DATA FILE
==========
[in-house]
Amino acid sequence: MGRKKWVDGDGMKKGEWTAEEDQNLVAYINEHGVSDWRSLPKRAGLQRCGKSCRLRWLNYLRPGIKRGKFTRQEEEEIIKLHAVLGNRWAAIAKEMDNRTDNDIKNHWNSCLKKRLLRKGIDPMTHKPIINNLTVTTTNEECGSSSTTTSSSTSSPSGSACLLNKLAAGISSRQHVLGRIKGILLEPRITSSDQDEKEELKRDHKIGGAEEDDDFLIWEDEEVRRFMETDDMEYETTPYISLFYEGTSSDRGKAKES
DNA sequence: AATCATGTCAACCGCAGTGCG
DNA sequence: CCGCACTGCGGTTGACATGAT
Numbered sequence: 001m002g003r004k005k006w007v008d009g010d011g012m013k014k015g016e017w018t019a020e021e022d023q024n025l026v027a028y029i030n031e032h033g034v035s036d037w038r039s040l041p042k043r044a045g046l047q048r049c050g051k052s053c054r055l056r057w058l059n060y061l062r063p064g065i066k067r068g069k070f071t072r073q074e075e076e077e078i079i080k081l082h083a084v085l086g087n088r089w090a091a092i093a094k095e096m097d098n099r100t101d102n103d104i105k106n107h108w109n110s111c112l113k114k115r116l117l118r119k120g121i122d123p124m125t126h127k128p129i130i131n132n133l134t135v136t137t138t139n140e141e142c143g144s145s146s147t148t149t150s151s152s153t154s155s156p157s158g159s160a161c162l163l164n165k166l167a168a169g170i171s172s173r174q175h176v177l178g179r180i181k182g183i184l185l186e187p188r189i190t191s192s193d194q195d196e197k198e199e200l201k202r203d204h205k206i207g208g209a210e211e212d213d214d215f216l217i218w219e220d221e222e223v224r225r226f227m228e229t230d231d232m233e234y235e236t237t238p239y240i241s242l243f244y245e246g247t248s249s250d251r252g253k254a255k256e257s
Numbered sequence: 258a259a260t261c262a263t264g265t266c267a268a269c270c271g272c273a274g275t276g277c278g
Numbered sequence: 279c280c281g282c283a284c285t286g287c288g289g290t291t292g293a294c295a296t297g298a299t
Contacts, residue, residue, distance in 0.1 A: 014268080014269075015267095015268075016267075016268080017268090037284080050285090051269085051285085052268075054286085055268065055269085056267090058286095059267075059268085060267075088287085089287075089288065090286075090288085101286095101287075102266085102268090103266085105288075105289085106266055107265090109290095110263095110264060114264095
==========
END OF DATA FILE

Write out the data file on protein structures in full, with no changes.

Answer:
[in-house]
Amino acid sequence: MGRKKWVDGDGMKKGEWTAEEDQNLVAYINEHGVSDWRSLPKRAGLQRCGKSCRLRWLNYLRPGIKRGKFTRQEEEEIIKLHAVLGNRWAAIAKEMDNRTDNDIKNHWNSCLKKRLLRKGIDPMTHKPIINNLTVTTTNEECGSSSTTTSSSTSSPSGSACLLNKLAAGISSRQHVLGRIKGILLEPRITSSDQDEKEELKRDHKIGGAEEDDDFLIWEDEEVRRFMETDDMEYETTPYISLFYEGTSSDRGKAKES
DNA sequence: AATCATGTCAACCGCAGTGCG
DNA sequence: CCGCACTGCGGTTGACATGAT
Numbered sequence: 001m002g003r004k005k006w007v008d009g010d011g012m013k014k015g016e017w018t019a020e021e022d023q024n025l026v027a028y029i030n031e032h033g034v035s036d037w038r039s040l041p042k043r044a045g046l047q048r049c050g051k052s053c054r055l056r057w058l059n060y061l062r063p064g065i066k067r068g069k070f071t072r073q074e075e076e077e078i079i080k081l082h083a084v085l086g087n088r089w090a091a092i093a094k095e096m097d098n099r100t101d102n103d104i105k106n107h108w109n110s111c112l113k114k115r116l117l118r119k120g121i122d123p124m125t126h127k128p129i130i131n132n133l134t135v136t137t138t139n140e141e142c143g144s145s146s147t148t149t150s151s152s153t154s155s156p157s158g159s160a161c162l163l164n165k166l167a168a169g170i171s172s173r174q175h176v177l178g179r180i181k182g183i184l185l186e187p188r189i190t191s192s193d194q195d196e197k198e199e200l201k202r203d204h205k206i207g208g209a210e211e212d213d214d215f216l217i218w219e220d221e222e223v224r225r226f227m228e229t230d231d232m233e234y235e236t237t238p239y240i241s242l243f244y245e246g247t248s249s250d251r252g253k254a255k256e257s
Numbered sequence: 258a259a260t261c262a263t264g265t266c267a268a269c270c271g272c273a274g275t276g277c278g
Numbered sequence: 279c280c281g282c283a284c285t286g287c288g289g290t291t292g293a294c295a296t297g298a299t
Contacts, residue, residue, distance in 0.1 A: 014268080014269075015267095015268075016267075016268080017268090037284080050285090051269085051285085052268075054286085055268065055269085056267090058286095059267075059268085060267075088287085089287075089288065090286075090288085101286095101287075102266085102268090103266085105288075105289085106266055107265090109290095110263095110264060114264095